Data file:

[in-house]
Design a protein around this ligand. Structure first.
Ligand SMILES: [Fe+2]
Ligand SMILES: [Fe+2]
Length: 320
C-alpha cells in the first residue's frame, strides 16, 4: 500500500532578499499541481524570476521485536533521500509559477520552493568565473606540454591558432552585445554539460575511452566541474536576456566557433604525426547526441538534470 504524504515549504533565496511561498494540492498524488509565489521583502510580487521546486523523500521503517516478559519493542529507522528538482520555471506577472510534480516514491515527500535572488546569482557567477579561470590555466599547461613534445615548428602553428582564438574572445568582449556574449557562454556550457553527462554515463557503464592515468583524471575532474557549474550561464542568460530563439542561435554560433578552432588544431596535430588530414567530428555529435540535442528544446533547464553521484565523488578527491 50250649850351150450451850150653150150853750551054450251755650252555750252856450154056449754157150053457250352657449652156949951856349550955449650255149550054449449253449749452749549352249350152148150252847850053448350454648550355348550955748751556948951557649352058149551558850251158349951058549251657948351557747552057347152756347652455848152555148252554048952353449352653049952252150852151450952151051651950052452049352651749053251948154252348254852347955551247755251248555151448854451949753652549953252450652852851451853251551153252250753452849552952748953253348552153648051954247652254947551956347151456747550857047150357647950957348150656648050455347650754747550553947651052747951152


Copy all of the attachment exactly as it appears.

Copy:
[in-house]
Design a protein around this ligand. Structure first.
Ligand SMILES: [Fe+2]
Ligand SMILES: [Fe+2]
Length: 320
C-alpha cells in the first residue's frame, strides 16, 4: 500500500532578499499541481524570476521485536533521500509559477520552493568565473606540454591558432552585445554539460575511452566541474536576456566557433604525426547526441538534470 504524504515549504533565496511561498494540492498524488509565489521583502510580487521546486523523500521503517516478559519493542529507522528538482520555471506577472510534480516514491515527500535572488546569482557567477579561470590555466599547461613534445615548428602553428582564438574572445568582449556574449557562454556550457553527462554515463557503464592515468583524471575532474557549474550561464542568460530563439542561435554560433578552432588544431596535430588530414567530428555529435540535442528544446533547464553521484565523488578527491 50250649850351150450451850150653150150853750551054450251755650252555750252856450154056449754157150053457250352657449652156949951856349550955449650255149550054449449253449749452749549352249350152148150252847850053448350454648550355348550955748751556948951557649352058149551558850251158349951058549251657948351557747552057347152756347652455848152555148252554048952353449352653049952252150852151450952151051651950052452049352651749053251948154252348254852347955551247755251248555151448854451949753652549953252450652852851451853251551153252250753452849552952748953253348552153648051954247652254947551956347151456747550857047150357647950957348150656648050455347650754747550553947651052747951152